16 November 2010

Castle Hunting: Trakai Castle

Lithuania doesn't have a large number of castles, and a lot of the fortifications that they used to have are completely ruined at this point. Trakai is definitely the crown jewel of the Lithuanian castle scene. It's only forty-five minutes (maybe half an hour, if you speed - which, if you read on, you'll learn is a bad idea) outside of Vilnius and it's heavily publicized by tour groups, guidebooks and the Lithuanian government. It is, like so many castles, a majorly reconstructed building. During the postwar period it was essentially rebuilt from the ground up.
It is situated here in the middle of Lake Galvė. We got there early enough to avoid the swarms of tourists that were arriving as we left, but not before a number of vendors and beggars had congregated around the entrance to the bridge. There were kids playing recorders, people selling amber and carved wood - and one old man selling smoked eel. I wondered if he was selling the eel to the tourists or to the other profiteers.
This castle was almost completely rebuilt. It was initially built to help protect the Vilnius region from the Teutonic Knights (Malbork Castle was their headquarters) during the fourteenth century. In the sixteenth and seventeenth centuries the Polish and Lithuanian owners of the castle largely ignored its upkeep because it had ceased to be strategically located and was expensive to take care of. It fell into disrepair and was largely a ruin by the beginning of the twentieth century. After WWII, Lithuania began to rebuild the keep and the upper walls - it was seen as an important landmark in the new republic. During the soviet period, the reconstruction project was halted for twenty years after Nikita Khrushchev declared the castle a symbol of Lithuania's feudal past, saying that it glorified inequality. The final touches were put on in 1992, after independence.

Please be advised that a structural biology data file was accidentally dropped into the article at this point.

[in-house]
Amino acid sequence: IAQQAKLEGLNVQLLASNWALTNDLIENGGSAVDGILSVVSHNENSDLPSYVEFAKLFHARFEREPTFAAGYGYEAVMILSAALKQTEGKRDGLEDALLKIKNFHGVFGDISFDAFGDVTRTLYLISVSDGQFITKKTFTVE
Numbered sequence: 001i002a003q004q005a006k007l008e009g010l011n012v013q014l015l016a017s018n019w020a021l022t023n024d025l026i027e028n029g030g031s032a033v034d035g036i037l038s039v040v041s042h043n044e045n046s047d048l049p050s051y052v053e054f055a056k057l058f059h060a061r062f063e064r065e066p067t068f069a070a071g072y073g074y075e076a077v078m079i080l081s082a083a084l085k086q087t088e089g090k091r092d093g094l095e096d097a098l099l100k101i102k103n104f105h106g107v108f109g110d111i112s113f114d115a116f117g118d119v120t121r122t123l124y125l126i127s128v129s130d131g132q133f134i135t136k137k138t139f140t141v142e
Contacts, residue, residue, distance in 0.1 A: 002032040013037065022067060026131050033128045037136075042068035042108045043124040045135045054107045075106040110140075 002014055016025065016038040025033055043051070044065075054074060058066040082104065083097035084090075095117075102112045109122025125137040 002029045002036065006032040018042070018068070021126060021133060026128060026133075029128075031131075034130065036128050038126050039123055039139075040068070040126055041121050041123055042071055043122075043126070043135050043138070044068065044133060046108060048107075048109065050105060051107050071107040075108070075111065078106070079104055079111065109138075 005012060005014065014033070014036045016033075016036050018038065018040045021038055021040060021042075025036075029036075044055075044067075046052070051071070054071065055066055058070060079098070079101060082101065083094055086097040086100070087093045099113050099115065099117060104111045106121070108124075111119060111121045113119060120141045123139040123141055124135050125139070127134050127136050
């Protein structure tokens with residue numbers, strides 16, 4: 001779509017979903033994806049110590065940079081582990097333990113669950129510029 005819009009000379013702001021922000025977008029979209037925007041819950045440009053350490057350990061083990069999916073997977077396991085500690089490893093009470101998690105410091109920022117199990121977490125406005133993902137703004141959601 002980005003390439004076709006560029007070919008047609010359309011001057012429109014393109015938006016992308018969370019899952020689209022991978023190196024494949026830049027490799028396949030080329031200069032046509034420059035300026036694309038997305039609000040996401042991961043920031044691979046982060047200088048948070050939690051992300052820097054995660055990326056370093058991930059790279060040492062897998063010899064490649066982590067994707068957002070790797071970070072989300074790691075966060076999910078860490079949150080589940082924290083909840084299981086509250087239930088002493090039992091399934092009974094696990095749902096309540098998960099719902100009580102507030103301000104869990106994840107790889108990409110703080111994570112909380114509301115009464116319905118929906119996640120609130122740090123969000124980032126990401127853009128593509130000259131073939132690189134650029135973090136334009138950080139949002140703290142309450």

One thing about our trip so far: we've been mostly in very low-lying, flat lands. This means that we've seen a lot of brick castles. Lowlands tend to have limited supplies of rock, especially in wetter land. It's not what one thinks of when thinking about castles, but I think they're actually very pretty. In addition, brick allowed the architects and masons to build smoother lines and more complicated angles. It's interesting to contrast the clean cylinder of the above tower to the rougher walls of many stone examples from the same era.
We left Trakai on our way to Kaunas, feeling lucky that we had an hour of good weather in an otherwise ugly day. About five minutes out of town we got pulled over by a pair of policemen. They weren't TOO surly, but they weren't overly friendly either. A warning to travelers: Lithuania is very strict about speed limits, especially around tourist attractions. Not that it does much good: they have the highest vehicle fatality rate in the European Union. I was luckily able to pay the fine on the spot and make one of the policemen laugh, so we were free to go (very slowly) on our way.


  1. stunning photos!! and no matter how dreary, or ugly the day is, you certainly always manage to capture beauty and interest.....thank you!!

  2. My jaw dropped. Thanks for sharing the beautiful photos.